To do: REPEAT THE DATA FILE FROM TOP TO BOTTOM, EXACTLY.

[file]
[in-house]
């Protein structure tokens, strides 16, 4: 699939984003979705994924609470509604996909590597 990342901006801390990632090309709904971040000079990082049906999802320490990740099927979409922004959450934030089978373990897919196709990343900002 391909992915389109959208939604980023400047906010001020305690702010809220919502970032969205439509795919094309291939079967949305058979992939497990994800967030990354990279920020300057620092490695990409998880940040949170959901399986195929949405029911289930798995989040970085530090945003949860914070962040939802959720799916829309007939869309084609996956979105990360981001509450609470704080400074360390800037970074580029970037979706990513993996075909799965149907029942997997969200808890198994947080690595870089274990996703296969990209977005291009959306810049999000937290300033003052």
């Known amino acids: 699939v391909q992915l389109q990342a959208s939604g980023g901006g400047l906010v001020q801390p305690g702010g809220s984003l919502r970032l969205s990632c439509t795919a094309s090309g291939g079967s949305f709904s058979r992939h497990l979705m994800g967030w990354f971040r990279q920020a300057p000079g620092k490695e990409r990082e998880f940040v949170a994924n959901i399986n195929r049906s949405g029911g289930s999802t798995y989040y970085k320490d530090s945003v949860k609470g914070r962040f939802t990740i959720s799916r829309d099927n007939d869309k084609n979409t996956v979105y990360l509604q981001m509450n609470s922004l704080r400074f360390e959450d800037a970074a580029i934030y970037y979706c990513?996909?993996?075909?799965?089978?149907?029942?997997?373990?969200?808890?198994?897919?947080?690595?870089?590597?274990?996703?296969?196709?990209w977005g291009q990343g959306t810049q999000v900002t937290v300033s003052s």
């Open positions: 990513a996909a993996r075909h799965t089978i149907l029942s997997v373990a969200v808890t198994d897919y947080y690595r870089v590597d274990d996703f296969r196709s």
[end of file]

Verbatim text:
[in-house]
């Protein structure tokens, strides 16, 4: 699939984003979705994924609470509604996909590597 990342901006801390990632090309709904971040000079990082049906999802320490990740099927979409922004959450934030089978373990897919196709990343900002 391909992915389109959208939604980023400047906010001020305690702010809220919502970032969205439509795919094309291939079967949305058979992939497990994800967030990354990279920020300057620092490695990409998880940040949170959901399986195929949405029911289930798995989040970085530090945003949860914070962040939802959720799916829309007939869309084609996956979105990360981001509450609470704080400074360390800037970074580029970037979706990513993996075909799965149907029942997997969200808890198994947080690595870089274990996703296969990209977005291009959306810049999000937290300033003052």
């Known amino acids: 699939v391909q992915l389109q990342a959208s939604g980023g901006g400047l906010v001020q801390p305690g702010g809220s984003l919502r970032l969205s990632c439509t795919a094309s090309g291939g079967s949305f709904s058979r992939h497990l979705m994800g967030w990354f971040r990279q920020a300057p000079g620092k490695e990409r990082e998880f940040v949170a994924n959901i399986n195929r049906s949405g029911g289930s999802t798995y989040y970085k320490d530090s945003v949860k609470g914070r962040f939802t990740i959720s799916r829309d099927n007939d869309k084609n979409t996956v979105y990360l509604q981001m509450n609470s922004l704080r400074f360390e959450d800037a970074a580029i934030y970037y979706c990513?996909?993996?075909?799965?089978?149907?029942?997997?373990?969200?808890?198994?897919?947080?690595?870089?590597?274990?996703?296969?196709?990209w977005g291009q990343g959306t810049q999000v900002t937290v300033s003052s």
């Open positions: 990513a996909a993996r075909h799965t089978i149907l029942s997997v373990a969200v808890t198994d897919y947080y690595r870089v590597d274990d996703f296969r196709s």